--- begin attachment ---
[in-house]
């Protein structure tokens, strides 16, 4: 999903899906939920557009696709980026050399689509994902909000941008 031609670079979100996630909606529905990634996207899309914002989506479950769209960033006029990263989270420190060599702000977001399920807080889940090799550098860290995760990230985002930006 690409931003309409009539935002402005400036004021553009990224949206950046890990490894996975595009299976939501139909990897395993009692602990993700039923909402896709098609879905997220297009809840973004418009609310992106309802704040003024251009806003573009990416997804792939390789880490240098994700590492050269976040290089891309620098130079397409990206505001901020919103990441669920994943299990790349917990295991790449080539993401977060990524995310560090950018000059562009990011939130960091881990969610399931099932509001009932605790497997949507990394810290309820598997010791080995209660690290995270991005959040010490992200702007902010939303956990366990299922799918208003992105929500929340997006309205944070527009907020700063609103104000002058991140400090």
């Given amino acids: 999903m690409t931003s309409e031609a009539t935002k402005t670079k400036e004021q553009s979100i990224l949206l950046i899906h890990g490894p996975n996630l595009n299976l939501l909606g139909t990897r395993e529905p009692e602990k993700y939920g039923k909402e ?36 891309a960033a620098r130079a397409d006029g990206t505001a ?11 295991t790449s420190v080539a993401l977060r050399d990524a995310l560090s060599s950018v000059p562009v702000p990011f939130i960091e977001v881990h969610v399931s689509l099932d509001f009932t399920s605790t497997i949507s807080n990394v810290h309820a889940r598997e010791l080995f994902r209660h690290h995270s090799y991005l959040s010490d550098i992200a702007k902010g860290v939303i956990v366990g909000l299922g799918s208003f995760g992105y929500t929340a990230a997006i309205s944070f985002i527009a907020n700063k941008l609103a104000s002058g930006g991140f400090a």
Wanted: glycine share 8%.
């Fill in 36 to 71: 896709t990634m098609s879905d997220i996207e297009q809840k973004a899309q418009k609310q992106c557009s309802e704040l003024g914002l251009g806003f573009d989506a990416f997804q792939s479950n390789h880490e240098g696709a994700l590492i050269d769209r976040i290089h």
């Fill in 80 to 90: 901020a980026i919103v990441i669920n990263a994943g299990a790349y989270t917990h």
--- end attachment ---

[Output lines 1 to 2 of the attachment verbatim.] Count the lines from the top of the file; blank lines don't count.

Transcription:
[in-house]
């Protein structure tokens, strides 16, 4: 999903899906939920557009696709980026050399689509994902909000941008 031609670079979100996630909606529905990634996207899309914002989506479950769209960033006029990263989270420190060599702000977001399920807080889940090799550098860290995760990230985002930006 690409931003309409009539935002402005400036004021553009990224949206950046890990490894996975595009299976939501139909990897395993009692602990993700039923909402896709098609879905997220297009809840973004418009609310992106309802704040003024251009806003573009990416997804792939390789880490240098994700590492050269976040290089891309620098130079397409990206505001901020919103990441669920994943299990790349917990295991790449080539993401977060990524995310560090950018000059562009990011939130960091881990969610399931099932509001009932605790497997949507990394810290309820598997010791080995209660690290995270991005959040010490992200702007902010939303956990366990299922799918208003992105929500929340997006309205944070527009907020700063609103104000002058991140400090």